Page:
alias for 'margin-left' only in ltr.

I agree that we have to do these computations for each element.

 > Maybe the issue is that there are more sets of values than we've really 
 > been talking about.  The complete list, as I see it, is:
 > 
 > 1)  Specified values (tied to style rules).
 > 2)  Cascaded values (tied to elements).
 > 3)  Computed values (tied to elements).
 > 4)  Used values (tied to elements).

That's not the terminology used in the specs. In the specs, the
"specified value" is not tied to style rules. Rather, for every
property/element combination there is a specified value.

  http://dev.w3.org/csswg/css3-cascade/
  http://www.w3.org/TR/CSS2/cascade.html#specified-value

And for the properties in question ('direction' and 'block-flow',
which 'writing-mode' is a shorthand for) the specified value is the
same as the computed value.

  http://dev.w3.org/csswg/css3-text-layout/#direction
  http://dev.w3.org/csswg/css3-text-layout/#block-flow

I think one should convert DDAs before they turn into specfied values.
That is, DDAs should not have specified values -- only properties that
also have computed/used/actual values should have specified values.

To describe how/when DDAs should be resolved, a new step should
probably be added to the pseudo-algorithm described here:

  http://dev.w3.org/csswg/css3-cascade/#input-to-and-output-from-this-module

Something like: "if a property has an alias, resolve it and let it
fight its way through cascading...". Hmm.

 > > Therefore, the computed value is more interesting. In David Baron's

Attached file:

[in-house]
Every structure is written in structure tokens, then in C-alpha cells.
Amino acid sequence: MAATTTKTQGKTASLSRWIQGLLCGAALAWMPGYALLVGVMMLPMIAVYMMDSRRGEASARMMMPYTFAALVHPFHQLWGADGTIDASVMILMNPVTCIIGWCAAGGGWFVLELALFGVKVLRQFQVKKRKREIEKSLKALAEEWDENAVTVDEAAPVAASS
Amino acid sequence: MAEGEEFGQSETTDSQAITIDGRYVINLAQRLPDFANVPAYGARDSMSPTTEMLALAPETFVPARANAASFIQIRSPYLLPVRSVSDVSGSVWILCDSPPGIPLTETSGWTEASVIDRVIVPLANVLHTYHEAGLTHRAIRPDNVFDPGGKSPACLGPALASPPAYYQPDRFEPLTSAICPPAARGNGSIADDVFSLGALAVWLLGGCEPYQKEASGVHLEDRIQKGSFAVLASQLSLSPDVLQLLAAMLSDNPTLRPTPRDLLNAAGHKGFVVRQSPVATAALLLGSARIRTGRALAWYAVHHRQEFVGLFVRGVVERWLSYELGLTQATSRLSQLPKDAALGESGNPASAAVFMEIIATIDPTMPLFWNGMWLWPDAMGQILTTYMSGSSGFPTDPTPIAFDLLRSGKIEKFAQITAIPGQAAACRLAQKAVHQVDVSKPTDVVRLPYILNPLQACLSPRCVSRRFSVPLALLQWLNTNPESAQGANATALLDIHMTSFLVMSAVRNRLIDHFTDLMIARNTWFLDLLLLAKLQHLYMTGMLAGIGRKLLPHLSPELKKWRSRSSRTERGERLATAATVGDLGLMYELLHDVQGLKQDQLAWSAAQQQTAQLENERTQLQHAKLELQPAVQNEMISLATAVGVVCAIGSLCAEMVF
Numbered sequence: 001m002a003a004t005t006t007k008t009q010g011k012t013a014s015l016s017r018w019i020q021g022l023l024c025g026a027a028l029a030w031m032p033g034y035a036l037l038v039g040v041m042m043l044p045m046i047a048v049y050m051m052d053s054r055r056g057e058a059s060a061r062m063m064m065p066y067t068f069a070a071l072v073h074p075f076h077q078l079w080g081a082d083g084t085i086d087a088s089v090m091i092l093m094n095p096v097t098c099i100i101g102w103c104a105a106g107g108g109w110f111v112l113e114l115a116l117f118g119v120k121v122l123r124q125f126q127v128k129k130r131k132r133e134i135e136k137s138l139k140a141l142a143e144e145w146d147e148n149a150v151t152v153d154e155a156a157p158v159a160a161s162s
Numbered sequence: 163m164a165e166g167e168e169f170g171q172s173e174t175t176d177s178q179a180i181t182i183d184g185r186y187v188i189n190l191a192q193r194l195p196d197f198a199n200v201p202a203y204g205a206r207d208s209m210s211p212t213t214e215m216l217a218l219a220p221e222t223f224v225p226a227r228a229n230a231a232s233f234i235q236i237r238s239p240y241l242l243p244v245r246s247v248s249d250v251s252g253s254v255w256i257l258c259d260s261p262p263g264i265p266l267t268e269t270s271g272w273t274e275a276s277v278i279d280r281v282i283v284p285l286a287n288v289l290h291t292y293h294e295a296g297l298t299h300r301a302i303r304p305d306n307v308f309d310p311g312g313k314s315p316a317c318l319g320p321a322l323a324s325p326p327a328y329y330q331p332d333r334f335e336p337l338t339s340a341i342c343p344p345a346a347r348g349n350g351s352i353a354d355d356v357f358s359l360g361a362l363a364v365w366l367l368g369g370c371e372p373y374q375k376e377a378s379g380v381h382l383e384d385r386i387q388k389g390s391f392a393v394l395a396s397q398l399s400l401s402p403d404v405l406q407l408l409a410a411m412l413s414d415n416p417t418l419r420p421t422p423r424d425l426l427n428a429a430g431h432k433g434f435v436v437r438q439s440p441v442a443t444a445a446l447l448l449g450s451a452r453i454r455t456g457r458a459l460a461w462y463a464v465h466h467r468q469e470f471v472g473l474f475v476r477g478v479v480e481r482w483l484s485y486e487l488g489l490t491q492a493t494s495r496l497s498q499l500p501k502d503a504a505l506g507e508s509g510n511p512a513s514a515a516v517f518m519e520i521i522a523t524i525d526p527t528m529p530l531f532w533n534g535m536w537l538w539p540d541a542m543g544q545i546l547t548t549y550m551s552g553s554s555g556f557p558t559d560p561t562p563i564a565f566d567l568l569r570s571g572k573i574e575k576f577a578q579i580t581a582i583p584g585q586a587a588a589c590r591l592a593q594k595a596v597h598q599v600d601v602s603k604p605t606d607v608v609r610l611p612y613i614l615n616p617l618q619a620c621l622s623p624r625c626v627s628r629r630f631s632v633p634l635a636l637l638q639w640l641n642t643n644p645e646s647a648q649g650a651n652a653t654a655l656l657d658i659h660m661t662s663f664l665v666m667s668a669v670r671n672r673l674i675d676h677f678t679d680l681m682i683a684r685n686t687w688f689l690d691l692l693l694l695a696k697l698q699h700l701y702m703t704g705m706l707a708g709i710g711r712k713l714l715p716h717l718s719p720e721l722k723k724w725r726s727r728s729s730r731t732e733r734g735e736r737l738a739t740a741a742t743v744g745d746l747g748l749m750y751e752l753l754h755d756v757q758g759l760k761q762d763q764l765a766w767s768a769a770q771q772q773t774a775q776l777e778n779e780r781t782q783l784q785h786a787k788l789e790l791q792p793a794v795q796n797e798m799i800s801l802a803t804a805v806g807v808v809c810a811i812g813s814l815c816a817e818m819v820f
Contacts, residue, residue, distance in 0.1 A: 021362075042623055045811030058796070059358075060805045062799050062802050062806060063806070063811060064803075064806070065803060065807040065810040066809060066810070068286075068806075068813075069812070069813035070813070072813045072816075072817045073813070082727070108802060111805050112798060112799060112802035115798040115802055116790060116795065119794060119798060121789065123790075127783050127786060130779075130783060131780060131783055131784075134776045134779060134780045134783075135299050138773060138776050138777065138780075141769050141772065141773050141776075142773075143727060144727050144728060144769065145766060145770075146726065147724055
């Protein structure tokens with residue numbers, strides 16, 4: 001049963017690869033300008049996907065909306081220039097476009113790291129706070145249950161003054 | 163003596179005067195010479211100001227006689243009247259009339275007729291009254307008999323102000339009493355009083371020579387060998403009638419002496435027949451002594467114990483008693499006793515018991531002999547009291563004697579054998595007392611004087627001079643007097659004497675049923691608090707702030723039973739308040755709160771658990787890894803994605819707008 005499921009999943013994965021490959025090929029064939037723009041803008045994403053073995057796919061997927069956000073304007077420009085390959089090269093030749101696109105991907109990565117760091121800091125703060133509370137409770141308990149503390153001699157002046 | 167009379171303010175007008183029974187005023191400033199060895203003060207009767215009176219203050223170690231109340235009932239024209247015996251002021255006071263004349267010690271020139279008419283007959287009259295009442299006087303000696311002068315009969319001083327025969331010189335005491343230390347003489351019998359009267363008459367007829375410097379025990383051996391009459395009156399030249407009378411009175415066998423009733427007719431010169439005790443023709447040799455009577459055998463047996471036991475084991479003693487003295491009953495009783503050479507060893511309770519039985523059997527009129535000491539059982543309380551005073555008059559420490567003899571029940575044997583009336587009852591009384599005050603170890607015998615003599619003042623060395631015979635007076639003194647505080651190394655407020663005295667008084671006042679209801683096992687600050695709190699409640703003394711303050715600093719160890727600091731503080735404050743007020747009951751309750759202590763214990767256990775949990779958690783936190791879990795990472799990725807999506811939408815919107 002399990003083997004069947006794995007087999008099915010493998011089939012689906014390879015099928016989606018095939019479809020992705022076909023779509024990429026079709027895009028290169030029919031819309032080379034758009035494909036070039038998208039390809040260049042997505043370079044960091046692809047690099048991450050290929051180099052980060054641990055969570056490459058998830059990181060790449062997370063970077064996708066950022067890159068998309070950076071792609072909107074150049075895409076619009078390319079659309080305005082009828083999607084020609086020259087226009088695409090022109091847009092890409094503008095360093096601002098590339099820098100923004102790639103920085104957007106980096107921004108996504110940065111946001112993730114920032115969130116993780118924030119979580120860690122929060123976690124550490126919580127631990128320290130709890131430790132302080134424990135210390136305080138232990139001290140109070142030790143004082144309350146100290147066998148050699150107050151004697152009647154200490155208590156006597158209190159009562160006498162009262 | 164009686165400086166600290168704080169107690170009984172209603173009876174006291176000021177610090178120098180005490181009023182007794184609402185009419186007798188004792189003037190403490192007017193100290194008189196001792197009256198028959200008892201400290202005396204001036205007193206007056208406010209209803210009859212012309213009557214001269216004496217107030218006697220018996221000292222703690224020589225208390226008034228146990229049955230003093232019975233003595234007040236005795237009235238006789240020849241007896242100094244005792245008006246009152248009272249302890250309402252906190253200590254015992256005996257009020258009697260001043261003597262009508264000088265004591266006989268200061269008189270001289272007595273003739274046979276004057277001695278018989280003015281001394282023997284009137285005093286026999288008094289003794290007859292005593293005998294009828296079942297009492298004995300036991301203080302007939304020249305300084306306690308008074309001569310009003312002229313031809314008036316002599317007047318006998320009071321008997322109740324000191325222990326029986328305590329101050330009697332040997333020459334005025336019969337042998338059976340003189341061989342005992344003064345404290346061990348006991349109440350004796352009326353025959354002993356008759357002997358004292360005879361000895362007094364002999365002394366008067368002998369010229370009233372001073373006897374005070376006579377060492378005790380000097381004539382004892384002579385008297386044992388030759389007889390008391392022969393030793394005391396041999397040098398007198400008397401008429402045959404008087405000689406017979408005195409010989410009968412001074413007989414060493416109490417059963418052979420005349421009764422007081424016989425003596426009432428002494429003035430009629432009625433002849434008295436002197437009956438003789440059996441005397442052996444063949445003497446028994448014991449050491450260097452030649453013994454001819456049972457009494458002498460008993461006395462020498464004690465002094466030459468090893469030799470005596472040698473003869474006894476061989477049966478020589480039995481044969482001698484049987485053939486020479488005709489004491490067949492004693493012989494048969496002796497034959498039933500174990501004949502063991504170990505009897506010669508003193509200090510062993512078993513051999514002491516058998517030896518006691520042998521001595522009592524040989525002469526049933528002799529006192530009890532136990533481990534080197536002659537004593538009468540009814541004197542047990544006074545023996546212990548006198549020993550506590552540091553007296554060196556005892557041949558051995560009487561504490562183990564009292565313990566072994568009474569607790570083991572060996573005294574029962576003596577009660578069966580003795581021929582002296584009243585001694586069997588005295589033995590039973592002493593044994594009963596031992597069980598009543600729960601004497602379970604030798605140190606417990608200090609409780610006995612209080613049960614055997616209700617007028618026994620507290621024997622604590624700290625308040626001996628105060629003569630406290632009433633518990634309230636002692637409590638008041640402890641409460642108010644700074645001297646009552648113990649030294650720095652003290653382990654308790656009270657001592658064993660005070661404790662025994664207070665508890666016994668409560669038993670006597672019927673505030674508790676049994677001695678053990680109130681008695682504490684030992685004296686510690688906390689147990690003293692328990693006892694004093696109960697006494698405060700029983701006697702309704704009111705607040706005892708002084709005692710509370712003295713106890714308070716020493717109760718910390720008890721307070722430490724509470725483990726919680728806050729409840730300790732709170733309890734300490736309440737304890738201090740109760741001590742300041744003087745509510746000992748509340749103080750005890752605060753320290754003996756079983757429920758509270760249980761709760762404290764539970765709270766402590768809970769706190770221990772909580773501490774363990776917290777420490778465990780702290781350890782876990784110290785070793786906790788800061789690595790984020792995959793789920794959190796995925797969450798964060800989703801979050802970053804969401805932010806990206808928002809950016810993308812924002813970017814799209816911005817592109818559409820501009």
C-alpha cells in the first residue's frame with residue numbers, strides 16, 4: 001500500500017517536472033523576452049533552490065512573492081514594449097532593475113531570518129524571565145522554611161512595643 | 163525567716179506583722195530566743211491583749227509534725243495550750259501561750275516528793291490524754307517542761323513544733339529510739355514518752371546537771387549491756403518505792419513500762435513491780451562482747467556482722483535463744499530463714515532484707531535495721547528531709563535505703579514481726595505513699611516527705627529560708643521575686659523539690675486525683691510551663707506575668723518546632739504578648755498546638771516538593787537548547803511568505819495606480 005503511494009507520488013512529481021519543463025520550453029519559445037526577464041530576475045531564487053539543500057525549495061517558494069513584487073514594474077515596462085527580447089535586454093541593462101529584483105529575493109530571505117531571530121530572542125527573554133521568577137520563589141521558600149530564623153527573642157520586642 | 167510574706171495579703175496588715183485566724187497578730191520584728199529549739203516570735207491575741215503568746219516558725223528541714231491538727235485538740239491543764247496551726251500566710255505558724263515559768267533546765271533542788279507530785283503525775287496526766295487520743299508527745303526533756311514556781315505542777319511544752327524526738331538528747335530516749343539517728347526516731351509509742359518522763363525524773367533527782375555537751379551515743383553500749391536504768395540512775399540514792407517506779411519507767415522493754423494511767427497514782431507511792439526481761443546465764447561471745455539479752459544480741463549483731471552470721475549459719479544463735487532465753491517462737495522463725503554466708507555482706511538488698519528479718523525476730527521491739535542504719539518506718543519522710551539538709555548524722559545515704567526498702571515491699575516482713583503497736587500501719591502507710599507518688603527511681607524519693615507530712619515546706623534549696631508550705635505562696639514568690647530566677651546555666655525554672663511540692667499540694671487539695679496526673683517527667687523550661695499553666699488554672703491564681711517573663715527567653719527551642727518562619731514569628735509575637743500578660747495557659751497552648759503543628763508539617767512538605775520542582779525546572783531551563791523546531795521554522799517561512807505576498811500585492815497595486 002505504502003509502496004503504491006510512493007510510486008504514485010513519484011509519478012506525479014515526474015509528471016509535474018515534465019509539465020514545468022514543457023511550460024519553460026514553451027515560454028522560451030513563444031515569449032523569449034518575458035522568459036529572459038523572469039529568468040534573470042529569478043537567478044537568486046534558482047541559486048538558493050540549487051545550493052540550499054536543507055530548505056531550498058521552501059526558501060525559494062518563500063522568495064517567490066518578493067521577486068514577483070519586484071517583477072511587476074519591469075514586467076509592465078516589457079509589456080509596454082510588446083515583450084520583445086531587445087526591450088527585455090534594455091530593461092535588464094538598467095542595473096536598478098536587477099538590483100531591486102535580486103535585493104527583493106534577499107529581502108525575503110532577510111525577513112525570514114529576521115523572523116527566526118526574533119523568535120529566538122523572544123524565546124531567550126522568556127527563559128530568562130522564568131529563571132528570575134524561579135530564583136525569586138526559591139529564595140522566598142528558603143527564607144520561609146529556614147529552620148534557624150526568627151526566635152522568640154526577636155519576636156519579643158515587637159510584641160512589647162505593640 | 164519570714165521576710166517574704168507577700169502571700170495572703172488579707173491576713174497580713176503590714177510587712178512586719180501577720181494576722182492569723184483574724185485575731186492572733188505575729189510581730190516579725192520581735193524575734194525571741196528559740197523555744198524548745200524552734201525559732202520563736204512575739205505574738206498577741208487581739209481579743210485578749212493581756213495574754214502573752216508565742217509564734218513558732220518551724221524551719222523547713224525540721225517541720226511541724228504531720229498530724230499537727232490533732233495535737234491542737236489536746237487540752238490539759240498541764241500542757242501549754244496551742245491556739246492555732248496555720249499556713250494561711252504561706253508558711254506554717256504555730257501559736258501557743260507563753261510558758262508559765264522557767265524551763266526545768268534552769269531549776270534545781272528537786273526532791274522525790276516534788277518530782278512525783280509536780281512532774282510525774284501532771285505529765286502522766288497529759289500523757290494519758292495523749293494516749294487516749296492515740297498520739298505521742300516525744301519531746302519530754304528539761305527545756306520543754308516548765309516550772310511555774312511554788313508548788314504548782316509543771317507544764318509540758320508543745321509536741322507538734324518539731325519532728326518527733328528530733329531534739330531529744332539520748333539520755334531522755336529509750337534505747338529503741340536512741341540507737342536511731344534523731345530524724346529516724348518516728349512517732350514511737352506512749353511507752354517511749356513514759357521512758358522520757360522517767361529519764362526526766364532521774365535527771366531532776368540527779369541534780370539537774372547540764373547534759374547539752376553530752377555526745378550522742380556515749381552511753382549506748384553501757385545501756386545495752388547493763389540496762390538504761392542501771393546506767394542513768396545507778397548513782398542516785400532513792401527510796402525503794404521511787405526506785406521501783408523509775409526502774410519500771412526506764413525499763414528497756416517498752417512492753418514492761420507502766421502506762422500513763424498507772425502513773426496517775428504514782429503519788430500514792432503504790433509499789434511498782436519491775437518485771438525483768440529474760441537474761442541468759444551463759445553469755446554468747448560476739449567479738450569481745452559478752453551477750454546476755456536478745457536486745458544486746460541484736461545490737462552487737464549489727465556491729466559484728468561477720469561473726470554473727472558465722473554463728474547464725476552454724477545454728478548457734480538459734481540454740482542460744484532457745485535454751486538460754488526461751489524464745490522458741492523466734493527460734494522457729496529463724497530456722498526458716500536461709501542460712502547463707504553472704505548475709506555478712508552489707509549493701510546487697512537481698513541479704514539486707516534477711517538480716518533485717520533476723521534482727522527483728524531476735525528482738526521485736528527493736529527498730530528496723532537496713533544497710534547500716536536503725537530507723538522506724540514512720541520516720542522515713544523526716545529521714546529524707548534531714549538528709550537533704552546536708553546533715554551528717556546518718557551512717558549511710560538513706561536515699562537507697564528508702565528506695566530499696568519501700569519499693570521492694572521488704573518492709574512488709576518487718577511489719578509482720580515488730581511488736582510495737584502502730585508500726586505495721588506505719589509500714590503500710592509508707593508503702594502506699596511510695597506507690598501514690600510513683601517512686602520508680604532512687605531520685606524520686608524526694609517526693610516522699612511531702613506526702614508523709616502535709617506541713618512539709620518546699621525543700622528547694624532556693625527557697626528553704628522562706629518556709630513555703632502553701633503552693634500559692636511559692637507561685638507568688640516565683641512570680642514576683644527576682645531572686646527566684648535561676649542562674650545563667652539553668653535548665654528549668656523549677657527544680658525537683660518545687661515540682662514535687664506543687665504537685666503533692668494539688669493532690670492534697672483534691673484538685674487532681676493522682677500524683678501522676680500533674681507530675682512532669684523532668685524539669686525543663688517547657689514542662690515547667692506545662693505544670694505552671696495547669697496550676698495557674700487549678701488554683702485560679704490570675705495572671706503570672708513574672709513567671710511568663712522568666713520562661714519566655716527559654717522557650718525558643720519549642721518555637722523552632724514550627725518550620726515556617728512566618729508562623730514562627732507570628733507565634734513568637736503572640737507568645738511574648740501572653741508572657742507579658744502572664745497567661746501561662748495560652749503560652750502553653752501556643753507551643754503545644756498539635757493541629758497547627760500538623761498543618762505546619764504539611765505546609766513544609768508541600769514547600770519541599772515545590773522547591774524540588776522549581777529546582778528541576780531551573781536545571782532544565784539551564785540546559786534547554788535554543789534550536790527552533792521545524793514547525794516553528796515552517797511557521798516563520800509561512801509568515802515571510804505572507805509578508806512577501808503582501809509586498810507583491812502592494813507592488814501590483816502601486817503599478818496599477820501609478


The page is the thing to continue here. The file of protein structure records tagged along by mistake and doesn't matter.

> > model, 'margin-start' has its own computed value [4].
 > 
 > I'm not sure what in that mail makes you think margin-start has its own 
 > computed value.

You're right, there's nothing in the example that implies this. 

 > In Gecko's current implementation, there is no separate 
 > computed value for margin-start, as was mentioned earlier in this thread.

Ok, good.

 > > I think it's possible to avoid that by mapping the direction-dependent
 > > properties/aliases to physical properties. So, only the physical
 > > properties would have computed values -- the direction-dependent
 > > properties/aliases could be computed in a lazy fashion based on the
 > > values of the physical properties and 'writing-mode'.
 > 
 > Agreed.  This is what Gecko does (and what Webkit seems to do, if I 
 > understand hyatt correctly).

Ok. But you remember the declarations, it seems. Consider this example:

  http://people.opera.com/howcome/2010/tests/log.html

When I press "rtl", the padding on the elements switch side. For this
to work, you need to go back to the declarations. I guess you do this.
Ideally, I would have liked to resolve the aliases once and for all.
  
-h&kon
              Håkon Wium Lie                          CTO °þe®ª
howcome@opera.com                  http://people.opera.com/howcome
Received on Thursday, 3 June 2010 20:34:39 GMT